This is the first of a two-part series on resistance to change.—Ed.
Whenever I teach a class on change and transition, the topic of resistance invariably comes up, and I have yet to meet a manager who thinks resistance is a good thing.
But I’m here to suggest that resistance to change is a good thing. I say this because resistance actually shows that people are starting to change. It means they recognize that the old way is no longer acceptable and that they are going to have to change. They’re going to have to give up the known for the unknown. No wonder they resist. Who wouldn’t? If you aren’t seeing resistance, it usually means that people are still in denial that change is necessary. That’s a bad thing.
One of the activities I do in the classes I teach on change and transition is called “Change 3 Things.” It works like this: People pair up, face each other and are asked to notice what their partner is wearing. Then they’re instructed to turn their backs to each other and are told to change three things about their appearance. We do this for three rounds and by the third round people are starting to grumble and complain that there isn’t anything else they can change. Sound familiar?
The reality is there are lots of things they can change and what they’re experiencing is resistance to change. What a teachable moment.
When I debrief the exercise, we talk about their clothing as one aspect of their identity and how it felt to have to change that “identity.” I ask them if they were feeling any of the following:
- Expectations are disrupted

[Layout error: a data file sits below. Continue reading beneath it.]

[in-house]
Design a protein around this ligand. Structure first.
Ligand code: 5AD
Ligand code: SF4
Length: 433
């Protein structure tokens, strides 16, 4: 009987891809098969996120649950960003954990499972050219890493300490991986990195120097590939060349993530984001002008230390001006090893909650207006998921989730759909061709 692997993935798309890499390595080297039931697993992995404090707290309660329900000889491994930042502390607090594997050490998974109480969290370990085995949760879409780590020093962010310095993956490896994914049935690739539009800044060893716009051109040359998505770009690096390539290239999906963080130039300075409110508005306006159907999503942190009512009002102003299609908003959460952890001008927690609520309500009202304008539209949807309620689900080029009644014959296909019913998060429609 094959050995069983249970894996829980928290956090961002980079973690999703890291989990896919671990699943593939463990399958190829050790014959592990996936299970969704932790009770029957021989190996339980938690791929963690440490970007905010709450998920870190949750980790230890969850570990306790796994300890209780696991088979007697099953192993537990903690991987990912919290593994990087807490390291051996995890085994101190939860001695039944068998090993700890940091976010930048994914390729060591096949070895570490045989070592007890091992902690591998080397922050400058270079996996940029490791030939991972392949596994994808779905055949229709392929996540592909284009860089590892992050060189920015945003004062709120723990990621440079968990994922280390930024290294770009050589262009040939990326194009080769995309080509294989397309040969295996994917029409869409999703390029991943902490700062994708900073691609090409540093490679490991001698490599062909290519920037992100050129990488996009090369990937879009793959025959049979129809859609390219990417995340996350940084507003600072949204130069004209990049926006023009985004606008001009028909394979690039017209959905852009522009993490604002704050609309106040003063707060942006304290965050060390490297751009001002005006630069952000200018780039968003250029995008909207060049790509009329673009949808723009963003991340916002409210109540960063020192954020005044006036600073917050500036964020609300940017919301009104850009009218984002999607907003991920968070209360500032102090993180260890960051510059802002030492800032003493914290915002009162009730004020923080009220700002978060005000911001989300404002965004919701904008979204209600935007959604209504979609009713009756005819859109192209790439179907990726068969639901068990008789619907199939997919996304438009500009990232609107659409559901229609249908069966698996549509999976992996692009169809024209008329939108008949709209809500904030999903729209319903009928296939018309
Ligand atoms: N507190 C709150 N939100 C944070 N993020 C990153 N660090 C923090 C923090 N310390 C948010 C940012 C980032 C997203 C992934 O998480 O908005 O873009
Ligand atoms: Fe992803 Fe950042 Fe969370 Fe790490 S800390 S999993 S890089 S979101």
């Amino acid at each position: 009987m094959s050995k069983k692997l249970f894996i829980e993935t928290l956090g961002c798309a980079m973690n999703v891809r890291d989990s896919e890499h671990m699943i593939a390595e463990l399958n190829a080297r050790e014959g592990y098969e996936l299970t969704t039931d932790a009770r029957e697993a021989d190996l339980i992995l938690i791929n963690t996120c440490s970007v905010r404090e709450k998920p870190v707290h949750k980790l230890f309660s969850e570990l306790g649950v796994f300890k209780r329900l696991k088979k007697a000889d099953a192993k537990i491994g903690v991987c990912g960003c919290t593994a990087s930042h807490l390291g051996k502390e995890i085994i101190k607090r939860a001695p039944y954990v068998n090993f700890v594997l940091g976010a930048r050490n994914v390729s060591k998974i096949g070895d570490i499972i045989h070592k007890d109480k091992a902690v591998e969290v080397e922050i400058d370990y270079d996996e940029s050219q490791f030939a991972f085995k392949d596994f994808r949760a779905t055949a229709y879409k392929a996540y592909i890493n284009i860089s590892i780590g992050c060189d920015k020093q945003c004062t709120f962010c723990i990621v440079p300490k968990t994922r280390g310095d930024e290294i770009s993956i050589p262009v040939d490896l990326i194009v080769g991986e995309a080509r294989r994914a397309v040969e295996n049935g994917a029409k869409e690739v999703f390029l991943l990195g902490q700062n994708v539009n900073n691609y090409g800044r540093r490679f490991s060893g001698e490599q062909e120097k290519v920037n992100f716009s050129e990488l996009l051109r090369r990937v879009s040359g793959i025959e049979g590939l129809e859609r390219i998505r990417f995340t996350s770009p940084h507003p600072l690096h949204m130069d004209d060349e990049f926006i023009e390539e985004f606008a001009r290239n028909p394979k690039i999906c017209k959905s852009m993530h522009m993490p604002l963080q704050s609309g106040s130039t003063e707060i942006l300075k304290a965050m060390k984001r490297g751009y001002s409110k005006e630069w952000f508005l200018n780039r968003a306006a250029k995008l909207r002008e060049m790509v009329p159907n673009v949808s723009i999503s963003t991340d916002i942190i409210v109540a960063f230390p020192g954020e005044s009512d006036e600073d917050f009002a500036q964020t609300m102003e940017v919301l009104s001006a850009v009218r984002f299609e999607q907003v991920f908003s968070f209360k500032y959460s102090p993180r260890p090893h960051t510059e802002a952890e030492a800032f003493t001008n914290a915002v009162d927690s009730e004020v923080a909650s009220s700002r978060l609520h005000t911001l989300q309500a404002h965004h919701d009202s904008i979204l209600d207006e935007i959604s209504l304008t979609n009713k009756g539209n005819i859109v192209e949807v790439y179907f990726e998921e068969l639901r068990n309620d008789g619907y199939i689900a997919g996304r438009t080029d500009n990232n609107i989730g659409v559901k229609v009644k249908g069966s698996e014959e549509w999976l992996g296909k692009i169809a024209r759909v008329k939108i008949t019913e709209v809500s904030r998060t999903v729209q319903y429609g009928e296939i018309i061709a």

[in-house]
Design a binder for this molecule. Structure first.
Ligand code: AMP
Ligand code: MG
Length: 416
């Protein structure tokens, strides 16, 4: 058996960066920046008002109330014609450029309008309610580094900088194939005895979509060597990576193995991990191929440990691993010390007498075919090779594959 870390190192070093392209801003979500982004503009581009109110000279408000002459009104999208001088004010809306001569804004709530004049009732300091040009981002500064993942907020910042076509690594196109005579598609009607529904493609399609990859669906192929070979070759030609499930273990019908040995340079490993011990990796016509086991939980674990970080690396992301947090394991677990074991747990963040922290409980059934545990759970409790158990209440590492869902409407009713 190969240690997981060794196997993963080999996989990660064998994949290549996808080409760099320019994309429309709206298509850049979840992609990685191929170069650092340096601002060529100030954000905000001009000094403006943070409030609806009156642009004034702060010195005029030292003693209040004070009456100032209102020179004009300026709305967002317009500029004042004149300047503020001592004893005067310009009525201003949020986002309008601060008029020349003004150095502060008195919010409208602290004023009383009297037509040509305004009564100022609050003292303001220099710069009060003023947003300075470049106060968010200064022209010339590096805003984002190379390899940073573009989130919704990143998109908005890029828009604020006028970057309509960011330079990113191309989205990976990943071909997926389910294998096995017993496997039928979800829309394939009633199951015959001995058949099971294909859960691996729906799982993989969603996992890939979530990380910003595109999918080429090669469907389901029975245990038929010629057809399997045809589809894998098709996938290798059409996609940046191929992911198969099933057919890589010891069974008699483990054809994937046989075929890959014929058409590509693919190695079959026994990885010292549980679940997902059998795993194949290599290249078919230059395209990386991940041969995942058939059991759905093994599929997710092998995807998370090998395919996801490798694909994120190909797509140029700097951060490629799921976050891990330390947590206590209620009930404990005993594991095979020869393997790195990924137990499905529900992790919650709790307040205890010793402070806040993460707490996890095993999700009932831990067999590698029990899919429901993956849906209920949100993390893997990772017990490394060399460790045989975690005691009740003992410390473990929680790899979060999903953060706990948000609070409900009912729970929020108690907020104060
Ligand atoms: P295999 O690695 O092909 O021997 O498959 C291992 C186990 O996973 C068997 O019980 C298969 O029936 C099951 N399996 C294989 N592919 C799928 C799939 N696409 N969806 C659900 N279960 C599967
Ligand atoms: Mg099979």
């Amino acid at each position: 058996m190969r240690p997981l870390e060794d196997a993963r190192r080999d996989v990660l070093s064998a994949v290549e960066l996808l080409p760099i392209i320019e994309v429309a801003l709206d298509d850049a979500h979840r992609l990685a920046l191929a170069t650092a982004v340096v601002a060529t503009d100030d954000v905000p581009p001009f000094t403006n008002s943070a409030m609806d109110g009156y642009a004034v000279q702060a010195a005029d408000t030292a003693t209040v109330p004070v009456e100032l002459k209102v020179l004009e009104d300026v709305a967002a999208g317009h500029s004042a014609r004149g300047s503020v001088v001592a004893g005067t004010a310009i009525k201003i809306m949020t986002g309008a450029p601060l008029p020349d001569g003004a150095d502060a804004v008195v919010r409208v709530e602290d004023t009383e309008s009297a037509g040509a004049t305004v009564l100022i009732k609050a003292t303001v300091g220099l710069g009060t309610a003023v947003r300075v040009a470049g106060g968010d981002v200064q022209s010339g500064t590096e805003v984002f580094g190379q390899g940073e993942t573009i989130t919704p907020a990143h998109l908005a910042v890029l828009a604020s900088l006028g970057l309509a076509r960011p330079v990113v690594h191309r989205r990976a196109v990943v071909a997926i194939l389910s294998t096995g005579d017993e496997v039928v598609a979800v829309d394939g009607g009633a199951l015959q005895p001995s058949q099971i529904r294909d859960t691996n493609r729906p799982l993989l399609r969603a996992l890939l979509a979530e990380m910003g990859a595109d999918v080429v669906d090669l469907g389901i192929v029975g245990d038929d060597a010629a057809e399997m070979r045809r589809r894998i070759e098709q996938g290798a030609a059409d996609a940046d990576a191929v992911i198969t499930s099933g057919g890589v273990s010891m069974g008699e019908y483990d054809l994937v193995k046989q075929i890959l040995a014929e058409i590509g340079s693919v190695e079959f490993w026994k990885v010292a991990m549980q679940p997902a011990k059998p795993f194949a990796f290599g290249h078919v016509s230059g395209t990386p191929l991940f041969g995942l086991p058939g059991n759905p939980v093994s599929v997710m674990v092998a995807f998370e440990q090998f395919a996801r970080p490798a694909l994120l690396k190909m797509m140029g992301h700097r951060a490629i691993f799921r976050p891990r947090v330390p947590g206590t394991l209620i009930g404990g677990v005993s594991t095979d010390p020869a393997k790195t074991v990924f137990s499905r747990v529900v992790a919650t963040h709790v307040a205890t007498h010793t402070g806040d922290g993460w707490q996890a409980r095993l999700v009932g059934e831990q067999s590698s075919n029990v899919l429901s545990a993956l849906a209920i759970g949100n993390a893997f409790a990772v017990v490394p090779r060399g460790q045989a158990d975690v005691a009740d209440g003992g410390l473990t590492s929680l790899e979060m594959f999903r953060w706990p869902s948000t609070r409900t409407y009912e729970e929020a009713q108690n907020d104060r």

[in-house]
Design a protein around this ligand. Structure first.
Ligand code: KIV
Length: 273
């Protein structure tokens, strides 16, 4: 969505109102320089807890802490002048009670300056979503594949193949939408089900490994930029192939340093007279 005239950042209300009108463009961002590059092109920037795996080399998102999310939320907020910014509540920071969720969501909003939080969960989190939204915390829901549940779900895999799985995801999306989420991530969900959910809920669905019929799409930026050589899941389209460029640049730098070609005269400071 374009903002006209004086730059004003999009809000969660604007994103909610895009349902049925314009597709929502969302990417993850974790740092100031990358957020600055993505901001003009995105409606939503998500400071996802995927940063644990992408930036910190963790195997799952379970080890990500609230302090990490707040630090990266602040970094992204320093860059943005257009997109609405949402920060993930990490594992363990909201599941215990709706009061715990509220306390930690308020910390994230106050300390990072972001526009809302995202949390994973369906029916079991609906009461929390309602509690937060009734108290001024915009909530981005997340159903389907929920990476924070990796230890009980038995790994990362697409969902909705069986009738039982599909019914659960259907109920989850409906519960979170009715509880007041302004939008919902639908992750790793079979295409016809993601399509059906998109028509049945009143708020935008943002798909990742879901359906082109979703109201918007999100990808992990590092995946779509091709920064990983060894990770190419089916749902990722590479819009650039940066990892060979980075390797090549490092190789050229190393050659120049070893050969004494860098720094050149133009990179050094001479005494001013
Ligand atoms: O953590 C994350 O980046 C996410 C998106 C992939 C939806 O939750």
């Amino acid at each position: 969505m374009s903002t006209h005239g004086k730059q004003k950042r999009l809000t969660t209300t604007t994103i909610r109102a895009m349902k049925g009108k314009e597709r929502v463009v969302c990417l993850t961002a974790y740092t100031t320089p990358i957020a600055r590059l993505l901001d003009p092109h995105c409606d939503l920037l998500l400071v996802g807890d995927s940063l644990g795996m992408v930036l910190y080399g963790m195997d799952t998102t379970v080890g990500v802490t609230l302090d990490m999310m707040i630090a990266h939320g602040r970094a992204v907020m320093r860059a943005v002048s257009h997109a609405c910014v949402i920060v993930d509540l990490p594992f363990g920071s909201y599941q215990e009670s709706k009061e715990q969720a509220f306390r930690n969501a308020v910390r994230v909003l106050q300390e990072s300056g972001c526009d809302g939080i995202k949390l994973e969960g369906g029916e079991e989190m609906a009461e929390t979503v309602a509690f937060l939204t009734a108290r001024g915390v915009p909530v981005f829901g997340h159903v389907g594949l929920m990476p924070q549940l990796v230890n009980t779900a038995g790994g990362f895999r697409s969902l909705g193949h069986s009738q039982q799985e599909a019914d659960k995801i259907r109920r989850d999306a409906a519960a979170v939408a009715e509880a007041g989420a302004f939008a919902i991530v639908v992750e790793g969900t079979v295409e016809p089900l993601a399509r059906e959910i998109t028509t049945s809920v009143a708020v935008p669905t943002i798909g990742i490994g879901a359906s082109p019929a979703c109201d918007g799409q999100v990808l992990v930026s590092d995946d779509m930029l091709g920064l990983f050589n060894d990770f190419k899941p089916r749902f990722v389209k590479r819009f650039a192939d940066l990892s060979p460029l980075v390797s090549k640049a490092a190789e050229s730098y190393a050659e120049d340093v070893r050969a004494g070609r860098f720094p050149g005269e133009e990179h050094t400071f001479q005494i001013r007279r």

- Sense of security is threatened
- Feeling “out of control”
- Feeling awkward, embarrassed or afraid they will look foolish
Guess what? This is how change impacts people and it is why people resist the change. Even something as innocent as changing three things about their appearance can cause significant discomfort because they’re missing key information to help them understand the implications of change.
So, what do you do about resistance?
First, get comfortable with it. See it for what it is—a normal, natural response to change.
Second, stop labeling people who resist change as “bad,” “disloyal,” “uncaring” or any of the other negative words managers use when they come up against resistance.
Third, go looking for resistance. Get people engaged in conversations to bring the resistance to the surface. You may be surprised by what you learn.
I tell managers that much of the resistance they encounter is a legitimate concern dressed in “complaint” clothing. Often their employees are resisting for a good reason. And if you find out why, you can tweak the change plan for the better.
So let’s hear it. How comfortable are you with resistance and how often do you go looking for it?
In my next post, I’ll talk about what you can do to help manage the normal, natural resistance to change.
Marty Jordan is a Principal Consultant and co-leader of Linkage’s Change and Transition Leadership practice. She is an accomplished HR/OD professional with broad-based experience in multiple industries and has worked in diverse business functions and corporate environments. In her current role, Marty is a coach, facilitator, and program designer for a wide spectrum of clients including Toyota, Volkswagen, Disney, and Genentech. Follow her on Twitter @maj421.